Emily Bell on What It Was Like to Edit Lucia Berlin
With Kendra Winchester and Autumn Privett on Reading Women
This week on Reading Women, Autumn and Kendra talk with Emily Bell, editor of Lucia Berlin’s A Manual for Cleaning Women, out now from Farrar, Straus & Giroux.
Kendra Winchester: What does a day in the life of your job as an editor look like?
Emily Bell: It’s a ton of emails I’m either ignoring or addressing, and if I’m addressing them I’m not getting any editing done, and if I’m editing then I’m being terribly unresponsive to emails. But the first step in my job is acquiring titles—writers have agents who send editors books that they think would fit their tastes. So I’m reading those submissions and deciding if it’s something I’d want to publish. And for me, I’d have to be head-over-heels in love with something and think it’s unbelievably special and unlike anything I’ve ever read before, because it’s a ton of work to publish a book, and I don’t want to let an author down. If I had spent year and years writing a book, I wouldn’t want my potential editor to be lukewarm about it. So there’s a ton of reading, a ton of saying “no,” which feels bad but I know it’s the right thing to do for lots of reasons.
The editing itself—I’m not a copyeditor, so I edit for style and structure and character development. The fiction I publish is not super plot-driven—it’s not what I care most about. I care more about interesting writing and narrative tension and momentum substituting for plot. A lot of the stuff I publish is very voice-driven, so the editing I do is, as opposed to saying, “this person needs to make this kind of decision in order for that person to fall in love—” I don’t actually even know anything about the process for that kind of writing. But anyway, I try to inhabit the world that the writer’s built and track the narrative logic of that world.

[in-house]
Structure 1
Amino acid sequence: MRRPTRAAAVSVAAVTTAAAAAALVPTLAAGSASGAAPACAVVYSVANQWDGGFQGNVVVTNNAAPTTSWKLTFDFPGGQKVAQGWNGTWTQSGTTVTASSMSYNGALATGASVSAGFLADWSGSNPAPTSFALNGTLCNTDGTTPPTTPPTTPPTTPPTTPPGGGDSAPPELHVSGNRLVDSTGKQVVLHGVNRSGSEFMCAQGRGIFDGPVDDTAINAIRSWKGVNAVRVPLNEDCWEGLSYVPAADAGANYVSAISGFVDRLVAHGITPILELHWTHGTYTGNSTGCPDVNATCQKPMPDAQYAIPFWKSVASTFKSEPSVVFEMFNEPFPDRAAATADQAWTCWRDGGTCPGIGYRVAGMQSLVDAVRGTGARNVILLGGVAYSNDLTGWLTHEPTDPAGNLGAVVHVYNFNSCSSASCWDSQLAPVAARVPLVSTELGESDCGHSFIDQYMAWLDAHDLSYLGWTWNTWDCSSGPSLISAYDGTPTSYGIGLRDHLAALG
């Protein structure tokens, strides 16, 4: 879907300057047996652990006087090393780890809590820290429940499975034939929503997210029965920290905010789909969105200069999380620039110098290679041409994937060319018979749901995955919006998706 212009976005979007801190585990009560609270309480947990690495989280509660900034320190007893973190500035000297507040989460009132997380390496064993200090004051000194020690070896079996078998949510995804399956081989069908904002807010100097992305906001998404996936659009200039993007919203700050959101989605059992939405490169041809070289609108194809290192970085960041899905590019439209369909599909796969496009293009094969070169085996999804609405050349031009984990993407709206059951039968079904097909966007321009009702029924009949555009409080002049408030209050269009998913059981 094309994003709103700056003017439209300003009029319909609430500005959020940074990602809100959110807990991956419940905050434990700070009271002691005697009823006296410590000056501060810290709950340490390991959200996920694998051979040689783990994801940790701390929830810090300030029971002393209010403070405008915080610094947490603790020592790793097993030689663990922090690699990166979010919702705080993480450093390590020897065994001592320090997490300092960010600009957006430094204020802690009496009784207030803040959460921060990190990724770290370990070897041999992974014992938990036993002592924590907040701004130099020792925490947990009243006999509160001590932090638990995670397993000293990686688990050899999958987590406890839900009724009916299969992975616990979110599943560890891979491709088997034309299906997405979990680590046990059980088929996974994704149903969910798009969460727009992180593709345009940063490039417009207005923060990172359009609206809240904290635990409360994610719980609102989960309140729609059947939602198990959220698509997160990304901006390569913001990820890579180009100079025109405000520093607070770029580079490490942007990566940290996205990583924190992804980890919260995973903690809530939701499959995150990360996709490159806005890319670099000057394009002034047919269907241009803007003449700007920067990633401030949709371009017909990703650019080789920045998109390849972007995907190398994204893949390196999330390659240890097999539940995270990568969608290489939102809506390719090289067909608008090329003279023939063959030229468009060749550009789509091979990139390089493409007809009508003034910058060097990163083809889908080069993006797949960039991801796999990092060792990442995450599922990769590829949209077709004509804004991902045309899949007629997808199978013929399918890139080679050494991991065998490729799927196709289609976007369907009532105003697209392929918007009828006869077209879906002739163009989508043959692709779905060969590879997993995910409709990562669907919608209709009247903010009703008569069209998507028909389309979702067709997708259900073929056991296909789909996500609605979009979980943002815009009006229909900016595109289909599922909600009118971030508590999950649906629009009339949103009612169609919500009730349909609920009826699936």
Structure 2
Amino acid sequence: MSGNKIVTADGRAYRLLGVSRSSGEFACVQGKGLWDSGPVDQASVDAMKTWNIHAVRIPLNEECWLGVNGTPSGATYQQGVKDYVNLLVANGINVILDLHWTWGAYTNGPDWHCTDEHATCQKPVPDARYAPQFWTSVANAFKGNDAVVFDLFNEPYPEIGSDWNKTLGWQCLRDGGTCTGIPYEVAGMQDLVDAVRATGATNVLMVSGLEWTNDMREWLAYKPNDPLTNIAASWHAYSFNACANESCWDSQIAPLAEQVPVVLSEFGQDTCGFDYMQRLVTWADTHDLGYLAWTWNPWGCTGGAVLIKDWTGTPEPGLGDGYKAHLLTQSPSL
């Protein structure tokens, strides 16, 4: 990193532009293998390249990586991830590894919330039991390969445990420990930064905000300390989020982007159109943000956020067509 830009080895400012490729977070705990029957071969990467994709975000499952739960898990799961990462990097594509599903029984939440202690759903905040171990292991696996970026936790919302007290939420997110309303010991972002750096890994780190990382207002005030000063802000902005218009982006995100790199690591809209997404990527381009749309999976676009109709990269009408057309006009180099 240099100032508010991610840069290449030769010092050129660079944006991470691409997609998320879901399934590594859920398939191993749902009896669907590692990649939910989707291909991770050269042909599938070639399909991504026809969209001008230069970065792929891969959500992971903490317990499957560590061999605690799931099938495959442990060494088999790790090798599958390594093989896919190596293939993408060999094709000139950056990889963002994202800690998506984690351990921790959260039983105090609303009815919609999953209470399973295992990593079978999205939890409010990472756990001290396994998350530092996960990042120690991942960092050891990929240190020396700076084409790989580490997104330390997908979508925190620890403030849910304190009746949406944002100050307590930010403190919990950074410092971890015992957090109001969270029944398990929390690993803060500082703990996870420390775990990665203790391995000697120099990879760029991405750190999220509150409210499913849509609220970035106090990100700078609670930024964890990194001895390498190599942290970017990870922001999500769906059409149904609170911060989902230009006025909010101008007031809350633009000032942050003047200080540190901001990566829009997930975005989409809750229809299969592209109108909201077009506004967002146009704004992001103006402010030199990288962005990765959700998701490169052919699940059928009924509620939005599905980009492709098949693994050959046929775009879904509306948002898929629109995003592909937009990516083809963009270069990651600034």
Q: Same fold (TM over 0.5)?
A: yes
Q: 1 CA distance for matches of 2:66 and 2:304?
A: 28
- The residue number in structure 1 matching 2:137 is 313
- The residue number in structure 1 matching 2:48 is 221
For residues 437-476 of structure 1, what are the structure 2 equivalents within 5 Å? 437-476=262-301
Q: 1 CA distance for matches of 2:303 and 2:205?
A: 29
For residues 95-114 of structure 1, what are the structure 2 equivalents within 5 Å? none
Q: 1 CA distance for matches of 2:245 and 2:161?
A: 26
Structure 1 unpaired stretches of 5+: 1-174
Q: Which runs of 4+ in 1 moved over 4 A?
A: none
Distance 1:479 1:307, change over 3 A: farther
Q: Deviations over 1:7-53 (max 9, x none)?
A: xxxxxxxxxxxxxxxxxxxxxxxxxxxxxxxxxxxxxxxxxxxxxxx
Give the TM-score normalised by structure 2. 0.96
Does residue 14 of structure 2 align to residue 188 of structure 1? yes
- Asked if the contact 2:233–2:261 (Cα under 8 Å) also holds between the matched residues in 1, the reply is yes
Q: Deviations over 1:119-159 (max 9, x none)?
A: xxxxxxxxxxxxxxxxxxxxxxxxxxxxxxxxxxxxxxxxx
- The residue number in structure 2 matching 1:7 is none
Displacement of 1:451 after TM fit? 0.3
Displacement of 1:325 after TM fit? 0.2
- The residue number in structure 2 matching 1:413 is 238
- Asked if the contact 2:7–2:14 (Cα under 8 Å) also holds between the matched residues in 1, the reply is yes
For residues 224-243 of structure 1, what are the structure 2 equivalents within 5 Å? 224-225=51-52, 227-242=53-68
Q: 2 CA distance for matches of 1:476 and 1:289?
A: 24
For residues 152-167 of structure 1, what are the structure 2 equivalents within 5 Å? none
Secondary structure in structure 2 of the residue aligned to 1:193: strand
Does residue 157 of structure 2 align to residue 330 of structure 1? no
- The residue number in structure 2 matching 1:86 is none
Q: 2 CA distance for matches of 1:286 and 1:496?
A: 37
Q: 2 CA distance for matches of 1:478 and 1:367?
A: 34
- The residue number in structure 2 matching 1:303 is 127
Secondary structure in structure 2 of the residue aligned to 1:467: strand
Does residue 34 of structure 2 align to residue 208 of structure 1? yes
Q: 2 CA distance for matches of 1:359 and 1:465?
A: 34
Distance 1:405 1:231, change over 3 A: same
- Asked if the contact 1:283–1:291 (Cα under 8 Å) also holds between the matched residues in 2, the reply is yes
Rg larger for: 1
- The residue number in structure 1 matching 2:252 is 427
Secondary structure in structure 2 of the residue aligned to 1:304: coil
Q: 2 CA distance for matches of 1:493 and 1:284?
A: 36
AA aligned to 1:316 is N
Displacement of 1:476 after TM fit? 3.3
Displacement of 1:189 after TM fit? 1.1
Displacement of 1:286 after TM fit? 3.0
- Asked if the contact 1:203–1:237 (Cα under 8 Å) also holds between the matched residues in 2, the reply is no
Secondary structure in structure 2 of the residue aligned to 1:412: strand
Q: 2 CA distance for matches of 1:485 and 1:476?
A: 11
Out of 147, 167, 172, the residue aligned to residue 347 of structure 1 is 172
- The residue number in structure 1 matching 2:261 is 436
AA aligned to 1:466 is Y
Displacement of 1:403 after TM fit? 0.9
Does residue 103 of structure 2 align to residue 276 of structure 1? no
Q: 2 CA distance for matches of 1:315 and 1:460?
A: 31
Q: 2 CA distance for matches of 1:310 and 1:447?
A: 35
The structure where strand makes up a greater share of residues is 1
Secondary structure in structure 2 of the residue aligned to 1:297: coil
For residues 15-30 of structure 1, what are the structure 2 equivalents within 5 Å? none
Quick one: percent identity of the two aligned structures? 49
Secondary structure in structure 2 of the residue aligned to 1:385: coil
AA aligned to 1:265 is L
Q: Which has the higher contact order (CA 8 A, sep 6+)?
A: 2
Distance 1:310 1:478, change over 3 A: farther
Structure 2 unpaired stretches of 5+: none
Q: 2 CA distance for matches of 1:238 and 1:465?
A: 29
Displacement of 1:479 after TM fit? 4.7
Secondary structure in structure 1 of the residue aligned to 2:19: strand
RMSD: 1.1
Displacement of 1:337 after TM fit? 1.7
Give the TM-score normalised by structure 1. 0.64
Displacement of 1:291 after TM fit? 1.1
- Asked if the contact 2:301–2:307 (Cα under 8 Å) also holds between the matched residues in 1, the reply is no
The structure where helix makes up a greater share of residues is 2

KW: Recently we’ve interviewed book cover designers and talked to them about how we as readers could support women designers. I wanted to ask you the same question about editors: how can we support women editors in the publishing industry?
EB: That’s such a generous question! Buy books, and buy books that you think are going to challenge you. When you read descriptive copy, especially if there’s something that makes you feel a little uncomfortable, buy that book. Don’t only buy the ones that are going to reinforce your worldview. Buy the ones that make you think differently about the world. Those are the kinds of books I’m trying to publish, so selfishly, that’s what I’d like for people to buy.